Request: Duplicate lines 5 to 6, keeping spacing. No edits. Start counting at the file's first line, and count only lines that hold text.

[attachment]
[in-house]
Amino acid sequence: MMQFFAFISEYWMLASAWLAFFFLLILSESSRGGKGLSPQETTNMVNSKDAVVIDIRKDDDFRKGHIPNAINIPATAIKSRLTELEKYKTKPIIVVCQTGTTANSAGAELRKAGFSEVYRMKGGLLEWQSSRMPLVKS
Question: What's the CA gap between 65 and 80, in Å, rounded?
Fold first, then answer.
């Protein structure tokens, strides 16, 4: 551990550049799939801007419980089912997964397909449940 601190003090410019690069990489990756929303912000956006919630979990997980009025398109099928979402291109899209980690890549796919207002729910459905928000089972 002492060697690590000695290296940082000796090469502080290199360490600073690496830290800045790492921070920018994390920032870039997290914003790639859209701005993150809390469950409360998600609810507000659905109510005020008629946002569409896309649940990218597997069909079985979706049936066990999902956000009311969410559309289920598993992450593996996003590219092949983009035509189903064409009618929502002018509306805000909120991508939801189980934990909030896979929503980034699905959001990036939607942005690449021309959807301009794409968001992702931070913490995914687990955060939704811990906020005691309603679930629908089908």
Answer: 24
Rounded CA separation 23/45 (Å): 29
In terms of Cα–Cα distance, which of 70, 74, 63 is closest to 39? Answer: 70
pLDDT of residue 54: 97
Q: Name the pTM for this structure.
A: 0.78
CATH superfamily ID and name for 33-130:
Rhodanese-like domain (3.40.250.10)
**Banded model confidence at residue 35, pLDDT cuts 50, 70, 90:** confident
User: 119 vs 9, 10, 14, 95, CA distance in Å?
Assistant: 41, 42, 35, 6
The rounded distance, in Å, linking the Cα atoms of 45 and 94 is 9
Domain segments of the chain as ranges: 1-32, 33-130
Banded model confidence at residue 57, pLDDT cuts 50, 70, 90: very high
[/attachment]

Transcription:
């Protein structure tokens, strides 16, 4: 551990550049799939801007419980089912997964397909449940 601190003090410019690069990489990756929303912000956006919630979990997980009025398109099928979402291109899209980690890549796919207002729910459905928000089972 002492060697690590000695290296940082000796090469502080290199360490600073690496830290800045790492921070920018994390920032870039997290914003790639859209701005993150809390469950409360998600609810507000659905109510005020008629946002569409896309649940990218597997069909079985979706049936066990999902956000009311969410559309289920598993992450593996996003590219092949983009035509189903064409009618929502002018509306805000909120991508939801189980934990909030896979929503980034699905959001990036939607942005690449021309959807301009794409968001992702931070913490995914687990955060939704811990906020005691309603679930629908089908």
Answer: 24